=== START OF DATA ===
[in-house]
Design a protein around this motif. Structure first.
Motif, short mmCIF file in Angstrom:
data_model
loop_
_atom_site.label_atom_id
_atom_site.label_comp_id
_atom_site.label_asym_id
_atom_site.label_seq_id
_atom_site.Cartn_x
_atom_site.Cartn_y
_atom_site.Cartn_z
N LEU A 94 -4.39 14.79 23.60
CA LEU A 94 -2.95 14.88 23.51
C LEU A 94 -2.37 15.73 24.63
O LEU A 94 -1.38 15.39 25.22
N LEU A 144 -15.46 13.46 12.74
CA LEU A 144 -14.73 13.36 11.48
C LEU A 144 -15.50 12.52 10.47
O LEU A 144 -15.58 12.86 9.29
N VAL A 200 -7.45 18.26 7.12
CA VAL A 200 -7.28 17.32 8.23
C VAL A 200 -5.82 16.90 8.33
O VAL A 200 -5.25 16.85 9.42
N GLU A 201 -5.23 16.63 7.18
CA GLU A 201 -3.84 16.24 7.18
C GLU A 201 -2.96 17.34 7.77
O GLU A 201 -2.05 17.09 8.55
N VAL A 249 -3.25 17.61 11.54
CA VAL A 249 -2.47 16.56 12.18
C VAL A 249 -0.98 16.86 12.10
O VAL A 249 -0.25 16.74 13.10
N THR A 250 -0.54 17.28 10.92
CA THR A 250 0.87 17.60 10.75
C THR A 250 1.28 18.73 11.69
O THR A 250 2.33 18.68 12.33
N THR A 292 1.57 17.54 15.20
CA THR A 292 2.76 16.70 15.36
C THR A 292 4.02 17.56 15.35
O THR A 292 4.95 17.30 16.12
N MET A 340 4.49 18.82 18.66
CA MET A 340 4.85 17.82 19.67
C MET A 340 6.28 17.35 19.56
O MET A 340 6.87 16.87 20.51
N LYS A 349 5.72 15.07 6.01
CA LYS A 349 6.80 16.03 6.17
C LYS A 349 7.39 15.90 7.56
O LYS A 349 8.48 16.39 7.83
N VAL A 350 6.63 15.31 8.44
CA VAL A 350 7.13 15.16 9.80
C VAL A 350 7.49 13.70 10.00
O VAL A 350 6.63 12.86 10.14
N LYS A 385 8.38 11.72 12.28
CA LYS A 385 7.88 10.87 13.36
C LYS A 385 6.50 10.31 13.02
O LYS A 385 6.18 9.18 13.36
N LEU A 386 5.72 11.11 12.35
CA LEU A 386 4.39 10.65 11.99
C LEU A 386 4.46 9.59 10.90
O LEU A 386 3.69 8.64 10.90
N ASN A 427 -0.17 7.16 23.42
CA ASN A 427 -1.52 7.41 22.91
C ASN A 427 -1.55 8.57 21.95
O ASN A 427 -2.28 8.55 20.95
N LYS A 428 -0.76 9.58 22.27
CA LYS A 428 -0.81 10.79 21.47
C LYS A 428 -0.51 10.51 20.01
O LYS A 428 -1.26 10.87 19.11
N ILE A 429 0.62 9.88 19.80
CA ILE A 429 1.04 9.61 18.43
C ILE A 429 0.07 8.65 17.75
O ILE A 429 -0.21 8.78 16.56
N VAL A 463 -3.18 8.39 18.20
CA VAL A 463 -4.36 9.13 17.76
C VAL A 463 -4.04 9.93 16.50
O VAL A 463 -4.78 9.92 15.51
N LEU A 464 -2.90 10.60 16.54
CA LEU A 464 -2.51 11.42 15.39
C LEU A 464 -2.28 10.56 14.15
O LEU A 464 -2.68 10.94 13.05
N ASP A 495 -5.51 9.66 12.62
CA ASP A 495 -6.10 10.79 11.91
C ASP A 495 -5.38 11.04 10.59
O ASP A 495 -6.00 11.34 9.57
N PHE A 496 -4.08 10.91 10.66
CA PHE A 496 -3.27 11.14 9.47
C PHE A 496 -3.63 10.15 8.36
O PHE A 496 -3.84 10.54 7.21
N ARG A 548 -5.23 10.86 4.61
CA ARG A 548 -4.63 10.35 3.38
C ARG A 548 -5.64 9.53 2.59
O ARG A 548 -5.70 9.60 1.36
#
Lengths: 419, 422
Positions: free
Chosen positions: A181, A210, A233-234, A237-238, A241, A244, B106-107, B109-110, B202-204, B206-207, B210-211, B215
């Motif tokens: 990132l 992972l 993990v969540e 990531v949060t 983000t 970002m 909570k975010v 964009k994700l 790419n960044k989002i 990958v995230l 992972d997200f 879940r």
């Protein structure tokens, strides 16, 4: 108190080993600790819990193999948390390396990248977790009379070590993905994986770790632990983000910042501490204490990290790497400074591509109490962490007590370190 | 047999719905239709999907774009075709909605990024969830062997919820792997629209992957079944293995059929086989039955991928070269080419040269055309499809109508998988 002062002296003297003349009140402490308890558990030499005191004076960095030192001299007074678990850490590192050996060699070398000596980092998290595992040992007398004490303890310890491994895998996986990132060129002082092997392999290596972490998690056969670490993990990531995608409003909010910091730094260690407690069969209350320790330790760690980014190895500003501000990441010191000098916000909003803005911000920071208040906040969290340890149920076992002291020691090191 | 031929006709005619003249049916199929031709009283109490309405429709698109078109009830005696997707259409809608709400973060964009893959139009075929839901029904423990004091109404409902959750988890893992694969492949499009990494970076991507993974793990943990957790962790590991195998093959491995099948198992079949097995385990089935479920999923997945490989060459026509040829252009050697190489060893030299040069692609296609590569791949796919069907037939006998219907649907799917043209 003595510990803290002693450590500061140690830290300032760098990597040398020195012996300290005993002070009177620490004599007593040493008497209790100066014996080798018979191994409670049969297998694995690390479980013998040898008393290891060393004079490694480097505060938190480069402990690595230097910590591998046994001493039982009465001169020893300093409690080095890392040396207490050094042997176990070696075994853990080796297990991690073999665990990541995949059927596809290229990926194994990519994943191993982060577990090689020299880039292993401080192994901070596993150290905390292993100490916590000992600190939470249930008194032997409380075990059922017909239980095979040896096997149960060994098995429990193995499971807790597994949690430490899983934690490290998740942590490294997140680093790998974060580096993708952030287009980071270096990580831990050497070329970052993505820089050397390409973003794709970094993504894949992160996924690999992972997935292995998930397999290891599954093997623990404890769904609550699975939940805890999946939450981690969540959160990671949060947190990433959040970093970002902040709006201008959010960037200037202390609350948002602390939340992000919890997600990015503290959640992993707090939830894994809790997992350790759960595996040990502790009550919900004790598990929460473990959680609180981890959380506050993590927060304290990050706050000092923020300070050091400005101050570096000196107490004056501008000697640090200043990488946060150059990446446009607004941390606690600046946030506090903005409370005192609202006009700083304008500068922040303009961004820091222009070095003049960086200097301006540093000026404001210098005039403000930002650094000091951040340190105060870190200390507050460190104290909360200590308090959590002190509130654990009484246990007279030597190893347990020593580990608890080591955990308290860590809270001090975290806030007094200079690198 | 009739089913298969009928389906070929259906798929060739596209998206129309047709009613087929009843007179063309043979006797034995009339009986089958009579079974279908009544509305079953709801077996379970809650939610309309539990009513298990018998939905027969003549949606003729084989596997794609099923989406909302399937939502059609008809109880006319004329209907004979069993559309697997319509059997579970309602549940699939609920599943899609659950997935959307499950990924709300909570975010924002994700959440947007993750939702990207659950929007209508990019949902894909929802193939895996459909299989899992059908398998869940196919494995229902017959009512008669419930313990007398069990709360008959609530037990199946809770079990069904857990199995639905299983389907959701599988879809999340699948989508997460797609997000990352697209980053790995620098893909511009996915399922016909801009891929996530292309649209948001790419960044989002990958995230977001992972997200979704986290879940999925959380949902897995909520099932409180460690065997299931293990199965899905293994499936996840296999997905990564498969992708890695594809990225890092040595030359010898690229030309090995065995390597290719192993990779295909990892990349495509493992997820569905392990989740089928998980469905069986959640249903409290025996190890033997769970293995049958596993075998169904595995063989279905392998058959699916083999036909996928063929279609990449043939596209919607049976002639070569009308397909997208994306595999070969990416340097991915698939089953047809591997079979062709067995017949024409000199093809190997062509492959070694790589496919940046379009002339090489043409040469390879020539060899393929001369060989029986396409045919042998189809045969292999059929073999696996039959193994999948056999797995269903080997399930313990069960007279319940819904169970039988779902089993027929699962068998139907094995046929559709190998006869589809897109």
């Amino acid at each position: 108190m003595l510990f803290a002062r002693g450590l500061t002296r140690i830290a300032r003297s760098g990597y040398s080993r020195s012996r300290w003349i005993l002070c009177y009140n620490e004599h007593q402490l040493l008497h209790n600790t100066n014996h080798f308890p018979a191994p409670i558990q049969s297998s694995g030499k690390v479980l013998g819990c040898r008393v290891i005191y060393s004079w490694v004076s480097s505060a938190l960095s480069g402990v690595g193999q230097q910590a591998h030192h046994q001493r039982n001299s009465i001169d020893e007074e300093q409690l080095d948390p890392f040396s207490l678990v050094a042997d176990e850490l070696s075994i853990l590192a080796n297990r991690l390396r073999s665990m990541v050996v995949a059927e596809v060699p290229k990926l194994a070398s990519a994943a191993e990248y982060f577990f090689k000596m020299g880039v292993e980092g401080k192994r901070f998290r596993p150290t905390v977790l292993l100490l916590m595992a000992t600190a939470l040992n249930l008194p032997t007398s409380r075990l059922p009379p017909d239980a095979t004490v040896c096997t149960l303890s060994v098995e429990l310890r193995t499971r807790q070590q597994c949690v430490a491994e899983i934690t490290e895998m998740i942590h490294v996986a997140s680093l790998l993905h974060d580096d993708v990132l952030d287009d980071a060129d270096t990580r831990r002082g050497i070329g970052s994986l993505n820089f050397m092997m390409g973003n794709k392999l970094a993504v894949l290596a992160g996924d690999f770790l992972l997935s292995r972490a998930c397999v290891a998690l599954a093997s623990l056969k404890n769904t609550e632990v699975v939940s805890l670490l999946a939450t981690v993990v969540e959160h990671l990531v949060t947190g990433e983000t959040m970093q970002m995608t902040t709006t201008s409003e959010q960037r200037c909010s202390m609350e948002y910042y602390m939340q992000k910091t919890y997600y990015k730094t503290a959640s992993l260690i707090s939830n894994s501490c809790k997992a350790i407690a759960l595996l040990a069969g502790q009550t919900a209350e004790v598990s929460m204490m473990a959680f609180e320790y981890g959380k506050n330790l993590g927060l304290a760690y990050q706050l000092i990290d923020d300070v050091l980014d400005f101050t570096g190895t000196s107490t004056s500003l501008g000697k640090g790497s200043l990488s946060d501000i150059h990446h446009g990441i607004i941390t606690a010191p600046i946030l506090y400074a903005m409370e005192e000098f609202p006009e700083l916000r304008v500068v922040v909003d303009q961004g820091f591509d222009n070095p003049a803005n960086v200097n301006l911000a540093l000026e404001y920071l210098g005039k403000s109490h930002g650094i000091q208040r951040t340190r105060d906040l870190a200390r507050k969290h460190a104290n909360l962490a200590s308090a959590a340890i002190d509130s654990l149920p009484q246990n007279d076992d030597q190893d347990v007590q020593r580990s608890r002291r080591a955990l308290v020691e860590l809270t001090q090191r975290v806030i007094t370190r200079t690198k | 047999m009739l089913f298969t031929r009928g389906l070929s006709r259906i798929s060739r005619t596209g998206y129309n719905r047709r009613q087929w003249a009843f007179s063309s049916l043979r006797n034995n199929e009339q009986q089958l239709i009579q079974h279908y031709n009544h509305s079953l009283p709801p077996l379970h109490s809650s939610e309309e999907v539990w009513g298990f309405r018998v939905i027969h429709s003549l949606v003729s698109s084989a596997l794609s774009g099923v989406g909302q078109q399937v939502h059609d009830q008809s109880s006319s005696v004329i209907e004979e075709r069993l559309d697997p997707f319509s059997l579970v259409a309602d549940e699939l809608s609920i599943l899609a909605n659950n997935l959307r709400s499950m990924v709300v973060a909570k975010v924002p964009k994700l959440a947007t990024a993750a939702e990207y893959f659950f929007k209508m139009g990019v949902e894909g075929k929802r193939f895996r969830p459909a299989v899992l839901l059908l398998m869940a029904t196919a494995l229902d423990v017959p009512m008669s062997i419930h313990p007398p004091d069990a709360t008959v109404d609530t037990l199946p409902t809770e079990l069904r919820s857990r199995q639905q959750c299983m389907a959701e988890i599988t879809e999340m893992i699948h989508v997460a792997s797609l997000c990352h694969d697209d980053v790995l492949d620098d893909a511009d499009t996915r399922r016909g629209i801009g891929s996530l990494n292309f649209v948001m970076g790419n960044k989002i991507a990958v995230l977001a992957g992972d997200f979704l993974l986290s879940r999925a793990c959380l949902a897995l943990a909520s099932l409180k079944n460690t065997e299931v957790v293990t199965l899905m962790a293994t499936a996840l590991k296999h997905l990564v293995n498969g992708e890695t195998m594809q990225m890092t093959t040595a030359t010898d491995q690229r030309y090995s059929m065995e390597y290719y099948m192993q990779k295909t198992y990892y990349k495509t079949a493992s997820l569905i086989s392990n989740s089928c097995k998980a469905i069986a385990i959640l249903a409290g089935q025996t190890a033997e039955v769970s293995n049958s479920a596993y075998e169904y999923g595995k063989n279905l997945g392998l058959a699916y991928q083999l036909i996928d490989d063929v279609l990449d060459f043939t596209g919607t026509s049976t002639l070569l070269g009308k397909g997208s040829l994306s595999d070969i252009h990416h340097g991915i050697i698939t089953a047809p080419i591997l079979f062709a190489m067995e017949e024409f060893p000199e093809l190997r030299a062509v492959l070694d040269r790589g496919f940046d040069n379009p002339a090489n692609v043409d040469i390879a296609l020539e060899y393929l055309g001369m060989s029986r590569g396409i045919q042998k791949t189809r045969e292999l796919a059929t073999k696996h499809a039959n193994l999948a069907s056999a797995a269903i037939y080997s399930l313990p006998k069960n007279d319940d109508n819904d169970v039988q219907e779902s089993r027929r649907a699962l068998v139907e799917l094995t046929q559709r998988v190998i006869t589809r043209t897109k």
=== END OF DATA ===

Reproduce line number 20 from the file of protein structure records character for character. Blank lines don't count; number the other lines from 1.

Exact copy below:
O LEU A 144 -15.58 12.86 9.29